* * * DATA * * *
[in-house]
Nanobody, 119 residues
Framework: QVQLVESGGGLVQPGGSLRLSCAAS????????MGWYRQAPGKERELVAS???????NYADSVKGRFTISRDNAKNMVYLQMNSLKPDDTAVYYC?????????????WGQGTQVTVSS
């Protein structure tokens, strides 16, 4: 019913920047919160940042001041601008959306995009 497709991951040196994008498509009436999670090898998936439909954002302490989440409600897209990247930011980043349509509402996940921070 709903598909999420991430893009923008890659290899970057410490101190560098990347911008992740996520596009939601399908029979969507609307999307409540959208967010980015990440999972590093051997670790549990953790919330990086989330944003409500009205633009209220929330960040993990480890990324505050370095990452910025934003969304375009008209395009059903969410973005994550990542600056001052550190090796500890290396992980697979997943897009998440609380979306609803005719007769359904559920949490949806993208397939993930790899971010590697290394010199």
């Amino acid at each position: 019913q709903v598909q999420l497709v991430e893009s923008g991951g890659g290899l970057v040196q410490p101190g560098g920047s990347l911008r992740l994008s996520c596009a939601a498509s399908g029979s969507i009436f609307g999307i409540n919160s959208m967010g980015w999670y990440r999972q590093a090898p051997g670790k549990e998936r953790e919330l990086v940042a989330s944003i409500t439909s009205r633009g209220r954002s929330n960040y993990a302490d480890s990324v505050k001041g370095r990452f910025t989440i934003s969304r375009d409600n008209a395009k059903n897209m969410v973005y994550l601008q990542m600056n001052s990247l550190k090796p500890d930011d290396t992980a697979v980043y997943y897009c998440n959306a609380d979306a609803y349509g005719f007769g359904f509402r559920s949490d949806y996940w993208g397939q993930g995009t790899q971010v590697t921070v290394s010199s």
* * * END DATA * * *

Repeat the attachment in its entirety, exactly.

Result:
[in-house]
Nanobody, 119 residues
Framework: QVQLVESGGGLVQPGGSLRLSCAAS????????MGWYRQAPGKERELVAS???????NYADSVKGRFTISRDNAKNMVYLQMNSLKPDDTAVYYC?????????????WGQGTQVTVSS
């Protein structure tokens, strides 16, 4: 019913920047919160940042001041601008959306995009 497709991951040196994008498509009436999670090898998936439909954002302490989440409600897209990247930011980043349509509402996940921070 709903598909999420991430893009923008890659290899970057410490101190560098990347911008992740996520596009939601399908029979969507609307999307409540959208967010980015990440999972590093051997670790549990953790919330990086989330944003409500009205633009209220929330960040993990480890990324505050370095990452910025934003969304375009008209395009059903969410973005994550990542600056001052550190090796500890290396992980697979997943897009998440609380979306609803005719007769359904559920949490949806993208397939993930790899971010590697290394010199």
């Amino acid at each position: 019913q709903v598909q999420l497709v991430e893009s923008g991951g890659g290899l970057v040196q410490p101190g560098g920047s990347l911008r992740l994008s996520c596009a939601a498509s399908g029979s969507i009436f609307g999307i409540n919160s959208m967010g980015w999670y990440r999972q590093a090898p051997g670790k549990e998936r953790e919330l990086v940042a989330s944003i409500t439909s009205r633009g209220r954002s929330n960040y993990a302490d480890s990324v505050k001041g370095r990452f910025t989440i934003s969304r375009d409600n008209a395009k059903n897209m969410v973005y994550l601008q990542m600056n001052s990247l550190k090796p500890d930011d290396t992980a697979v980043y997943y897009c998440n959306a609380d979306a609803y349509g005719f007769g359904f509402r559920s949490d949806y996940w993208g397939q993930g995009t790899q971010v590697t921070v290394s010199s």